This I Believe

Michael - Salt Lake City, Utah
Entered on November 7, 2007
Age Group: 18 - 30
Themes: nature
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This I Believe….

I believe in the wonderful life of the trees. I believe that trees supply life for much, much more than just the animals present with them. I believe in the vast sanctity that trees have constantly given to me. I believe in the awe-inspiring life of the trees.

I grew up in Oregon on the edge of an 11,250 acre forest, my backyard was this forest. I learned to love with every part of me the creeks, the flowers, the animals, the bugs, and most of all, the amazing scent of my backyard forest during the rain. The sound of the drops hitting every leaf as it comes down to wet my face and the crackle of fallen branches and crushing leaves under my feet. I couldn’t help but realize what a miniscule person I was every time I would climb some of my more adored trees! Being all the way in the top of the highest tree just above the canopy of the rest is such an astonishing feeling. I can feel every change in the direction of the wind because the WHOLE tree sways a very noticeable amount. It can get pretty scary up there. In the forest I’ve always had a very strong notion of being free. The way I could run out in to the forest and no one, not even my mother, not even myself at times, would know where I was. If I wanted to hide, I could and no one could find me, except for my dog, but that’s another story.

I don’t think I could begin to comprehend how I would feel if ALL the trees in the world disappeared. When I was young growing up in Oregon, one of my favorite places to go was “The Tree on the Hill.” I always climbed up this tree and went about twenty feet out on one of the limbs, this particular branch split in a ‘y’ shape forming two more branches. I used to nestle up and sleep in its small cove for periods of time. One day, some developers bought a small portion of land just near “MY TREE” and started bulldozing the land. I was so panicked that I thought it was the end of the world! They were going to cut my friend, my companion down, and having a very vivid imagination back then, I thought I was going to have to chain myself to the tree and get in a bloody fight with the loggers (like in The Hitch-Hikers Guide to The Galaxy). It never happened, and the tree still stands on top of that hill today. However, that feeling I had long ago comes back every time I drive up a beautiful canyon just to come around a bend in the road to see where a massive forest used to be, and should be, but instead see a whole mountainside of tree stumps that have been 100% logged out.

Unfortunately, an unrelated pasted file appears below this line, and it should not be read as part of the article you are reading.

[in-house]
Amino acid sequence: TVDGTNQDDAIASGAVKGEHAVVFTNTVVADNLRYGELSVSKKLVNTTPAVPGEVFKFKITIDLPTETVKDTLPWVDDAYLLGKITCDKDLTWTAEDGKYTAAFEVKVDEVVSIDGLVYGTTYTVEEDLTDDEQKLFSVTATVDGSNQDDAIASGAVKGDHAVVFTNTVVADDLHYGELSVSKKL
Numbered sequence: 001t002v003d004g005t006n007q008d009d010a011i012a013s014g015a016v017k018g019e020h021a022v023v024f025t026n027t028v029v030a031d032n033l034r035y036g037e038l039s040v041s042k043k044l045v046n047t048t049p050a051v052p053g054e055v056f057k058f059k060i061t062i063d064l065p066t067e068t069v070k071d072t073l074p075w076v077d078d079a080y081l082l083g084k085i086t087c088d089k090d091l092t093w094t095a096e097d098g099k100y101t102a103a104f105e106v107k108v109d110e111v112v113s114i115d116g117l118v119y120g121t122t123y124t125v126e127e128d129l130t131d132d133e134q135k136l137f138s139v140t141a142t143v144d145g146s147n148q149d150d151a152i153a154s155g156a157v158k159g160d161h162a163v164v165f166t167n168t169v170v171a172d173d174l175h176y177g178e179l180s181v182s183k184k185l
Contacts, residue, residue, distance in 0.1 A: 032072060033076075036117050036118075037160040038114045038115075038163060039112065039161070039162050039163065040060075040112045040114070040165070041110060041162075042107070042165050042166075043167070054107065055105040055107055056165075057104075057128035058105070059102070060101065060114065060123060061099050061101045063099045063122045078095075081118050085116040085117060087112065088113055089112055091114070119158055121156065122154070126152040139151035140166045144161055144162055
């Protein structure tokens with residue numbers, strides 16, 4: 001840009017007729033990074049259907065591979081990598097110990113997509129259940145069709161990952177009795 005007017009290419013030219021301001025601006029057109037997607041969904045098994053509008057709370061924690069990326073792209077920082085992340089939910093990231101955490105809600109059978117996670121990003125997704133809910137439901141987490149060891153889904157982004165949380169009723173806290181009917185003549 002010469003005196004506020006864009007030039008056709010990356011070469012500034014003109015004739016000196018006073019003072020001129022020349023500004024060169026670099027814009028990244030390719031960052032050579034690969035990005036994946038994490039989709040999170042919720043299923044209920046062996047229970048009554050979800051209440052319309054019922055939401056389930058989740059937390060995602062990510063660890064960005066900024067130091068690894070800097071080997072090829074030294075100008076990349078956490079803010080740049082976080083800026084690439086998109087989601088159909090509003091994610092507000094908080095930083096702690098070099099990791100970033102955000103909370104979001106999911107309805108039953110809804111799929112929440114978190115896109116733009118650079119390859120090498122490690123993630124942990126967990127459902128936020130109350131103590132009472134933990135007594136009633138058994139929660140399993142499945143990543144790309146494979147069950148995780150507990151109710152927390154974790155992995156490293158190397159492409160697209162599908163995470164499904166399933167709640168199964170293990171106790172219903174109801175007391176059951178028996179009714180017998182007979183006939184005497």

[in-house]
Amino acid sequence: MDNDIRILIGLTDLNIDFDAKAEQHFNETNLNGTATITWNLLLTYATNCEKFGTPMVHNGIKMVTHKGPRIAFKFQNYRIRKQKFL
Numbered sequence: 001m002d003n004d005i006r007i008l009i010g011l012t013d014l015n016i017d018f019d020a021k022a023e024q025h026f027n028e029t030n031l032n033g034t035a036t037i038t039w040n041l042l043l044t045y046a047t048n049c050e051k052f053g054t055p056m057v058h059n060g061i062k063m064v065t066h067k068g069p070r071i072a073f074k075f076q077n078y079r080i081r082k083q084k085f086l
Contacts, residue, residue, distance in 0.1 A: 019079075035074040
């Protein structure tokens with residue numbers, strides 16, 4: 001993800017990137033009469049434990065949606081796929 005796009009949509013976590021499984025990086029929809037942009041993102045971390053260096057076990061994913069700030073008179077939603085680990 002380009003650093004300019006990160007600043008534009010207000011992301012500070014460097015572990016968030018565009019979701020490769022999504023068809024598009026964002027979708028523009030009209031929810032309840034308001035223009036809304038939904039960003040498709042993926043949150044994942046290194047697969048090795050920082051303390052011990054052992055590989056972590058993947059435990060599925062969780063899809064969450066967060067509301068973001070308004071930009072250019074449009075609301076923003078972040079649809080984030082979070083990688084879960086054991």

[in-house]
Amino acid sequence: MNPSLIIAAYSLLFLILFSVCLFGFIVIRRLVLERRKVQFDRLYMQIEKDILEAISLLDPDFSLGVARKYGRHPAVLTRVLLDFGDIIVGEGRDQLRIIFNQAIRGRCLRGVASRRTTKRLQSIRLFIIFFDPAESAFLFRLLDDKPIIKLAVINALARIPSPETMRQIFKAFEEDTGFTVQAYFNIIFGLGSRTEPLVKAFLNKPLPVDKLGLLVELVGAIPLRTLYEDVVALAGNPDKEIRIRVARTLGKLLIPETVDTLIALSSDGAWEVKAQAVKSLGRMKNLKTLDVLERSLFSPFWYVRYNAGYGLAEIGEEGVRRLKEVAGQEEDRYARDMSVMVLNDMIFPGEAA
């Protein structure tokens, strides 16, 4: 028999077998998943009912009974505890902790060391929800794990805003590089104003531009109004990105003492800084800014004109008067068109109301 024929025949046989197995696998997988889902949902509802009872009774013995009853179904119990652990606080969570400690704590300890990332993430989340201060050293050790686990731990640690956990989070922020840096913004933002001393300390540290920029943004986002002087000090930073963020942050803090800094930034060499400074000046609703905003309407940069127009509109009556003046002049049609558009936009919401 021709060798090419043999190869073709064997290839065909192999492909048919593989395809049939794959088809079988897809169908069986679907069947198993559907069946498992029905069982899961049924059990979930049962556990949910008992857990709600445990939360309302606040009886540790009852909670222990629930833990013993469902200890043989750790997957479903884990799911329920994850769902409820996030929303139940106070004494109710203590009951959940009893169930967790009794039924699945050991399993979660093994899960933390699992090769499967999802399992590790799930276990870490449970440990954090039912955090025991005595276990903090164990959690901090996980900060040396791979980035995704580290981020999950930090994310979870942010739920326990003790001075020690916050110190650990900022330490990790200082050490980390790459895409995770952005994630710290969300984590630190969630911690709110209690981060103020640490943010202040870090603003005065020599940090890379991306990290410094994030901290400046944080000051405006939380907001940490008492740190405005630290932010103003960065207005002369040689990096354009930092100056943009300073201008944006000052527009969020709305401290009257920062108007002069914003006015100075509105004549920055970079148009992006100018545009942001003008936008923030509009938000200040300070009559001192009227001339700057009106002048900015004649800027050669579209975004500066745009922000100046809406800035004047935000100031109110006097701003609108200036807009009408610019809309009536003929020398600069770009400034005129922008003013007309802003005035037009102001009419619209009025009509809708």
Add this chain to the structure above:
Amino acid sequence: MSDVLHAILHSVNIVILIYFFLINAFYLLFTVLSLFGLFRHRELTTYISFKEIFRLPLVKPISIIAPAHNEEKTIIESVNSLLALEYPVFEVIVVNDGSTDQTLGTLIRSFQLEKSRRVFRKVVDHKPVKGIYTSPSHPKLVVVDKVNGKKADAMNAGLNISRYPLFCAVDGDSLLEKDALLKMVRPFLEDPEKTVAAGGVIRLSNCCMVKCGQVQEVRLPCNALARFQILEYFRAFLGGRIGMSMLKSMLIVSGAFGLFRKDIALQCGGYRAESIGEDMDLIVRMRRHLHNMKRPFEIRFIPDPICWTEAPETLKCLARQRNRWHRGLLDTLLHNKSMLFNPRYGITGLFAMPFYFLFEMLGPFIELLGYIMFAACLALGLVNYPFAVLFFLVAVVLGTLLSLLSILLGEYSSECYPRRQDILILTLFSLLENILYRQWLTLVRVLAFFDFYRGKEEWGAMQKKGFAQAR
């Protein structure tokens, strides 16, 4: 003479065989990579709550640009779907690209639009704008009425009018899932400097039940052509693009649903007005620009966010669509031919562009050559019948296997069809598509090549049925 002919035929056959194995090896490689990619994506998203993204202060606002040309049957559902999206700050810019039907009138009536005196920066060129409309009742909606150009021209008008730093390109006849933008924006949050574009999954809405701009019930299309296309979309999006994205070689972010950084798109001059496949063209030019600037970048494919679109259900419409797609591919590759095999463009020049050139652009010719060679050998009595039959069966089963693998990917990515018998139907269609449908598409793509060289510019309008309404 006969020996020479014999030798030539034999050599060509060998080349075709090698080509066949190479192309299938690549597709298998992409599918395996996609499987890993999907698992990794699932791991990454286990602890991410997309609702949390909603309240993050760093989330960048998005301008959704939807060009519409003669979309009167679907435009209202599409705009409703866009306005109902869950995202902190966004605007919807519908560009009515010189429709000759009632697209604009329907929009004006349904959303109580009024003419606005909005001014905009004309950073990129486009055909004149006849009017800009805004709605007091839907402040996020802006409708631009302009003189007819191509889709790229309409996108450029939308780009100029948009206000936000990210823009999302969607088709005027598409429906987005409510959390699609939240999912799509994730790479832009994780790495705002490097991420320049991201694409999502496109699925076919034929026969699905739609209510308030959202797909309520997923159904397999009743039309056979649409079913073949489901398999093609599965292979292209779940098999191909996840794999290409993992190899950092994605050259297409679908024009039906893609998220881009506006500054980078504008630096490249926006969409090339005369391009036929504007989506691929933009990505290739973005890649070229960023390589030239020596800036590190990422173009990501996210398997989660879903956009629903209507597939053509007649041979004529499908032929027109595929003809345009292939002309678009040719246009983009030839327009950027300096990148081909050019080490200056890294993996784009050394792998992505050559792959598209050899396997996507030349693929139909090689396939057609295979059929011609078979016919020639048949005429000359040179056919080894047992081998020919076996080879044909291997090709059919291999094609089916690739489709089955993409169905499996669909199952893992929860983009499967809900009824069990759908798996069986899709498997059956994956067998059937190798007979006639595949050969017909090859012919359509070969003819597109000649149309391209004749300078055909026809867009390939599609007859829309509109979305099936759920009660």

When I was young, my mother used to read to me, The Giving Tree, by Shel Silverstein. I used to love it just for the crude drawings and the idea of the tree being this child’s, boy’s, and man’s best friend. It is now much later in life and I’m beginning to understand that the story is about unconditional love between a boy and a tree. The tree is very selfless and gives all it can to the boy: apples, shade, and vines. The tree then gives itself to the young man so that he can build with, and finally, a seat for the old man as a stump while they grow old together. Trees have shaped my life today in many ways. They have even taught me how I would like to treat others. Although I can’t prove that trees make decisions and act on self-will, I do know that those trees in my backyard forest always supplied me with the things I needed when I was with them. There is life in the trees, and I believe in the wonderful life of them.

* I guess I really am a “tree-hugger”